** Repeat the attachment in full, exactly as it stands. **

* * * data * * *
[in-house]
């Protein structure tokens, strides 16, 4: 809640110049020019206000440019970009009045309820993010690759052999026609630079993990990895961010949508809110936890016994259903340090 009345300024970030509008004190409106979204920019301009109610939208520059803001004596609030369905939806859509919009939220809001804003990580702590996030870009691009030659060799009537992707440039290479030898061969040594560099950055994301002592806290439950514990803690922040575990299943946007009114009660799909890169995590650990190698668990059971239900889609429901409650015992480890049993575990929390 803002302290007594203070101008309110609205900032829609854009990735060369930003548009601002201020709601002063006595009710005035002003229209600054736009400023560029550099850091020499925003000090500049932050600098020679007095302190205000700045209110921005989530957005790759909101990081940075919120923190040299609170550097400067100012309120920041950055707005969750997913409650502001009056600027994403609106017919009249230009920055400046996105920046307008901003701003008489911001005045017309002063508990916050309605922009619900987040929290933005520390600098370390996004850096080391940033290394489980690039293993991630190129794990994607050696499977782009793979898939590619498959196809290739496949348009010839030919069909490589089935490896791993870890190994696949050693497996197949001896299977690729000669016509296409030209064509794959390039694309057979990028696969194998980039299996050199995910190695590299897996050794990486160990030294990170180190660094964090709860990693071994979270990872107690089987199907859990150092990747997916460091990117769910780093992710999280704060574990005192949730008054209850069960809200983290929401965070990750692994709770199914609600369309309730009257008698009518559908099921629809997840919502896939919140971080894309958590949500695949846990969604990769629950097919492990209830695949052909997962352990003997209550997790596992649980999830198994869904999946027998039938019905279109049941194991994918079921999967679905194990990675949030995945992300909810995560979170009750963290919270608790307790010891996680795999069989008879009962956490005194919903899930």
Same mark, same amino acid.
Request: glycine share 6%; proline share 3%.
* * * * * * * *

[in-house]
């Protein structure tokens, strides 16, 4: 809640110049020019206000440019970009009045309820993010690759052999026609630079993990990895961010949508809110936890016994259903340090 009345300024970030509008004190409106979204920019301009109610939208520059803001004596609030369905939806859509919009939220809001804003990580702590996030870009691009030659060799009537992707440039290479030898061969040594560099950055994301002592806290439950514990803690922040575990299943946007009114009660799909890169995590650990190698668990059971239900889609429901409650015992480890049993575990929390 803002302290007594203070101008309110609205900032829609854009990735060369930003548009601002201020709601002063006595009710005035002003229209600054736009400023560029550099850091020499925003000090500049932050600098020679007095302190205000700045209110921005989530957005790759909101990081940075919120923190040299609170550097400067100012309120920041950055707005969750997913409650502001009056600027994403609106017919009249230009920055400046996105920046307008901003701003008489911001005045017309002063508990916050309605922009619900987040929290933005520390600098370390996004850096080391940033290394489980690039293993991630190129794990994607050696499977782009793979898939590619498959196809290739496949348009010839030919069909490589089935490896791993870890190994696949050693497996197949001896299977690729000669016509296409030209064509794959390039694309057979990028696969194998980039299996050199995910190695590299897996050794990486160990030294990170180190660094964090709860990693071994979270990872107690089987199907859990150092990747997916460091990117769910780093992710999280704060574990005192949730008054209850069960809200983290929401965070990750692994709770199914609600369309309730009257008698009518559908099921629809997840919502896939919140971080894309958590949500695949846990969604990769629950097919492990209830695949052909997962352990003997209550997790596992649980999830198994869904999946027998039938019905279109049941194991994918079921999967679905194990990675949030995945992300909810995560979170009750963290919270608790307790010891996680795999069989008879009962956490005194919903899930």
Same mark, same amino acid.
Request: glycine share 6%; proline share 3%.